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From left, CoinSmart CEO Justin Hartzman, Coinsquare CEO Martin Piszel and WonderFi CEO Dean Skurka on April 3. WonderFi Technologies Inc., CoinSmart Financial Inc. and Coinsquare Ltd. are signing a three-way merger agreement to create Canada’s largest cryptocurrency trading platform.Fred Lum/the Globe and Mail

As a deal between three Canadian companies to form the country’s largest cryptocurrency trading platform closes on Monday, the combined parent business will “cherry pick” which parts to keep and which ones to lose, shutting down one of the firms entirely.

Vancouver-based WonderFi Technologies Inc. announced its merger with Toronto-based crypto firms CoinSmart Financial Inc. and Coinsquare Ltd. in April, ending a months-long heated exchange between the three companies.

On Monday morning, WonderFi – the new controlling company – will ring the opening bell on the Toronto Stock Exchange to mark the finalization of this transaction, which has been approved by Canada’s Competition Bureau.

But in the months after that, WonderFi’s interim chief executive officer Dean Skurka said the company hopes to wind down the CoinSmart platform, ceasing a crypto brand older than WonderFi itself. (CoinSmart launched in 2018; WonderFi went public in 2021.)

In an interview, Mr. Skurka said layoffs or job reductions are “not expected to happen directly” because of this merger. Although, he added that some roles will “certainly be looked at, to determine and keep the best talent.” Around 120 employees are stated to remain on board at WonderFi across all divisions of the combined company.

It’s a telling sign for the state of the crypto industry at large. Until last year, both crypto assets and the companies that traded them had enjoyed booming fanfare, with soaring stocks and skyrocketing valuations. Now, companies are banding together around the world to position themselves in an uncertain economic environment, where the cost of regulation has become too high to bear and opportunities for growth are too sparse for individual firms.

Consolidation is commonplace particularly in Canada. WonderFi had already acquired two popular Toronto-based platforms, Coinberry Ltd. and Bitbuy Technologies Ltd., in 2022 before setting its eyes on a merger with CoinSmart and Coinsquare this year.

Meanwhile, Canadian securities commissions have been clamping down on the digital assets sector with stricter rules and sharper language around enforcement action, after the high-profile implosions of some of the biggest names in crypto, such as FTX Trading Ltd. and Celsius Network LLC. This has already driven out Binance Holdings Inc., the world’s largest crypto company, which in May cited regulatory restrictions as “untenable” for its business to continue in the country.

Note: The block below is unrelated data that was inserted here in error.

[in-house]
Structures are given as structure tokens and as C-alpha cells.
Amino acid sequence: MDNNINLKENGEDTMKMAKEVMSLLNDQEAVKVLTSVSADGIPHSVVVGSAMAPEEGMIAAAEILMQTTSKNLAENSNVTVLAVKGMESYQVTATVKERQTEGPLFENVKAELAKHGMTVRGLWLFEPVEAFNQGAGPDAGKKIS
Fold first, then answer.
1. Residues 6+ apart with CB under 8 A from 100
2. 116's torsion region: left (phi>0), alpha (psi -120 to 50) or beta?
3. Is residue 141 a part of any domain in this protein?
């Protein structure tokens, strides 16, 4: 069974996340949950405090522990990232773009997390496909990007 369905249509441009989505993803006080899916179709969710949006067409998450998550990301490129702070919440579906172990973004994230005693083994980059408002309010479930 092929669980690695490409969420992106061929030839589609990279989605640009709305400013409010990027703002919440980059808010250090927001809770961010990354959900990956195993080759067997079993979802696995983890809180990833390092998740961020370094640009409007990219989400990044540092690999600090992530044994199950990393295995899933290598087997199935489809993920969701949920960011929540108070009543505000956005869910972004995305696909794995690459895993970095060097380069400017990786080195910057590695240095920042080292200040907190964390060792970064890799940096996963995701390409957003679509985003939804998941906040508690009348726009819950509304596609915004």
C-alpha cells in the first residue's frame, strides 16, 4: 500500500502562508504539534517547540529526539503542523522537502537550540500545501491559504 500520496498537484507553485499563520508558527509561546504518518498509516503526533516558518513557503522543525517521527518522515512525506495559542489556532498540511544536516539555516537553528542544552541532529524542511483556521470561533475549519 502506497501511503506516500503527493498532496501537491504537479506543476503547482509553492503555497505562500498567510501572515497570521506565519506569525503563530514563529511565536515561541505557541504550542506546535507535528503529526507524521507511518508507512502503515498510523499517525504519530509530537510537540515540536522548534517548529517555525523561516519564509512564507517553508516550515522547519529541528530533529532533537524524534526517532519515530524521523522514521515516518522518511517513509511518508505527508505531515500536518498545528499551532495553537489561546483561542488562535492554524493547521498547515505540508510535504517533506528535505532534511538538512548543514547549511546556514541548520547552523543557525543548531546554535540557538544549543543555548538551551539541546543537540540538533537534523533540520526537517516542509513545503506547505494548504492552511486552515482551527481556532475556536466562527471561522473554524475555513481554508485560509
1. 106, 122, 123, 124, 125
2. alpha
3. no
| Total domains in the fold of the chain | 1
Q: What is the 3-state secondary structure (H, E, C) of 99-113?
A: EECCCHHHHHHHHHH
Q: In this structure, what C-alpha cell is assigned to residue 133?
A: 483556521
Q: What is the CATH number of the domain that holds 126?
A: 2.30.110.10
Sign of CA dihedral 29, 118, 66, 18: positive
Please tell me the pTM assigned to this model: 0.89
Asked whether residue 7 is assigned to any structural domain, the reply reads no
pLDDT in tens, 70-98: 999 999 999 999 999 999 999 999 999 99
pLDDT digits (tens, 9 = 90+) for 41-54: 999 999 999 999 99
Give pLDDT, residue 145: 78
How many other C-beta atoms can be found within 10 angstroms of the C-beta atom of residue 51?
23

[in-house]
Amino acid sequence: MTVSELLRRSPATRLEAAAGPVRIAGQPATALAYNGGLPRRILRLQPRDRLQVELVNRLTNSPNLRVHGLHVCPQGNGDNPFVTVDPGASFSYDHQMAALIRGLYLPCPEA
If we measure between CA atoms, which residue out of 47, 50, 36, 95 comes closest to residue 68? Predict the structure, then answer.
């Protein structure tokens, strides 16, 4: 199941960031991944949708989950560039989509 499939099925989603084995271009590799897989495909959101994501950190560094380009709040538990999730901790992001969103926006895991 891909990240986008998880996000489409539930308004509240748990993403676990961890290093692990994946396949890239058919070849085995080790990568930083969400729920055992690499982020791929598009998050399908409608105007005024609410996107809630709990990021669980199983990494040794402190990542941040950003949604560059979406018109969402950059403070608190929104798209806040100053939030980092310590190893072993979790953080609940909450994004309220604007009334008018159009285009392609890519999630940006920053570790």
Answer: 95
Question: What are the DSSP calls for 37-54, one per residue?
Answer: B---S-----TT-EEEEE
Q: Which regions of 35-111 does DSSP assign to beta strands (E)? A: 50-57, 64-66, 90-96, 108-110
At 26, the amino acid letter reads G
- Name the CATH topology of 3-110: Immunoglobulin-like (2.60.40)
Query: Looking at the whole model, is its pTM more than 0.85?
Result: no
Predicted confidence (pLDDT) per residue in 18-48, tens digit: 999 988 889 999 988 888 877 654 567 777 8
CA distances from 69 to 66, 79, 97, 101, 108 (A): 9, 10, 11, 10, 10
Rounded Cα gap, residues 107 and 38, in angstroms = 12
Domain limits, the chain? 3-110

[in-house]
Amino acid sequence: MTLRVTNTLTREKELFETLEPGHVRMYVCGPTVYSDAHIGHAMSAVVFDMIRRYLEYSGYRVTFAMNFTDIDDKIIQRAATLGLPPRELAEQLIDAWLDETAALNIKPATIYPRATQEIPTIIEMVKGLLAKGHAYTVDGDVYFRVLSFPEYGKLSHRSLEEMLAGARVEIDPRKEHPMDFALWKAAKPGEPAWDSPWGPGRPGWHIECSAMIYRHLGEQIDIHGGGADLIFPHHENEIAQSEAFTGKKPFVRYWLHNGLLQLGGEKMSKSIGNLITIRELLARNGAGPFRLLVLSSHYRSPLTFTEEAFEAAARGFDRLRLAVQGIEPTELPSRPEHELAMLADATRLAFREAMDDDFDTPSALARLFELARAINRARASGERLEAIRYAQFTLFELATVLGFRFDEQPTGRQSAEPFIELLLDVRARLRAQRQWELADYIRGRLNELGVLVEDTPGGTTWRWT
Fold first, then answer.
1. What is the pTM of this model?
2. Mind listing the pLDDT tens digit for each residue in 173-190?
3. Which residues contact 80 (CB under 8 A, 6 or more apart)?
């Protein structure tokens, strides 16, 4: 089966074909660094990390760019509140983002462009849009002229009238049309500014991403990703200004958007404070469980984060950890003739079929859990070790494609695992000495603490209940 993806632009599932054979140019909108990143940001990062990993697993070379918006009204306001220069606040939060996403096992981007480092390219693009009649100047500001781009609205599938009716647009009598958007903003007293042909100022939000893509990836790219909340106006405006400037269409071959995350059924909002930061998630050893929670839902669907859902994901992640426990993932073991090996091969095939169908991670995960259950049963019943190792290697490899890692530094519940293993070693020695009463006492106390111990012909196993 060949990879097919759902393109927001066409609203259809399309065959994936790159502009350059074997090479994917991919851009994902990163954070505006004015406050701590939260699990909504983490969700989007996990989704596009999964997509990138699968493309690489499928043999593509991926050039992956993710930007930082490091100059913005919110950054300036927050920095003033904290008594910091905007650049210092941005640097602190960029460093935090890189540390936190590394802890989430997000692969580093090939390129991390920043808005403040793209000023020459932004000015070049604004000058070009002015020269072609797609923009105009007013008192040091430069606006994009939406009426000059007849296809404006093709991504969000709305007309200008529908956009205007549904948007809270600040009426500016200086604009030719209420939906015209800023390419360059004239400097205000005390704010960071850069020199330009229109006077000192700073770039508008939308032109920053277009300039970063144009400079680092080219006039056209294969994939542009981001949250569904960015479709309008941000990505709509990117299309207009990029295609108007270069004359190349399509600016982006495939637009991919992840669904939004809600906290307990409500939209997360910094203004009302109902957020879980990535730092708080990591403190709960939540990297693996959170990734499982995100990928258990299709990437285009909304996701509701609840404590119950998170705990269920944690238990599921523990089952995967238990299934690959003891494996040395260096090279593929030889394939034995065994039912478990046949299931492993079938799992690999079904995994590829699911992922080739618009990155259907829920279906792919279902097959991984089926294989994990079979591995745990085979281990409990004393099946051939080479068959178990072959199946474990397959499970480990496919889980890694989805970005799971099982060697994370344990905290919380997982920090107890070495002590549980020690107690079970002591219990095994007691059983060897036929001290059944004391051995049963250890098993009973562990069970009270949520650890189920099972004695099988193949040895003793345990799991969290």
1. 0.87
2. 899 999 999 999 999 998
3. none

“From our vantage point, the best way to move forward with current market conditions is to consolidate and cherry pick the best aspects of the business,” Mr. Skurka said. “Smaller exchanges are destined to either shut down or get swallowed up by companies like ours, and what we really want is for WonderFi to be Canada’s market leader.”

WonderFi’s plans for the CoinSmart closing are pending regulatory and shareholder approvals. But CoinSmart CEO Justin Hartzman told The Globe his title is expected to be shuffled by WonderFi in the coming days. Other senior roles will also be shifted by the newly combined company, he added.

“Of course, not everything’s set in stone yet, but all of this seems like the best likely next steps,” Mr. Hartzman said. “We’re preparing for the future.”

CoinSmart, Coinsquare and WonderFi have been struggling with profitability. All three companies brought in a total of roughly $37-million in revenue last year. Still, the companies stated, their merger would put together nearly $600-million in combined assets under custody from a customer base of around 1.65 million users, with 1.6 million of those customers across Canada.

In September last year, Coinsquare said it was set to buy CoinSmart for about $29-million in cash and shares. That deal was expected to close by the end of 2022. But by January, Coinsquare said it was pulling out of the agreement because of “unacceptable costs and risks associated with the public disclosure obligations the regulators were requiring.” CoinSmart called this “completely bogus,” and in early February, said it was willing to seek monetary damages in court to enforce its commitment with Coinsquare.

After that termination, WonderFi stepped in, alluding to talks of another deal but declining to comment further at the time, before announcing the three-way merger in early April. “Obviously this deal hasn’t been easy to get here. Mergers like this are almost unheard of, and so we’re very glad to see it through,” Mr. Skurka said.

As of Monday, existing WonderFi shareholders are expected to own 38 per cent of the newly combined company. Former Coinsquare shareholders will own 43 per cent, and former CoinSmart shareholders 19 per cent on a partially diluted basis.

The price of bitcoin – trading for around US$30,000 on Sunday – has rallied this year, climbing back nearly 40 per cent since 2022. Other cryptocurrencies, such as ethereum, have also been clawing back their value.

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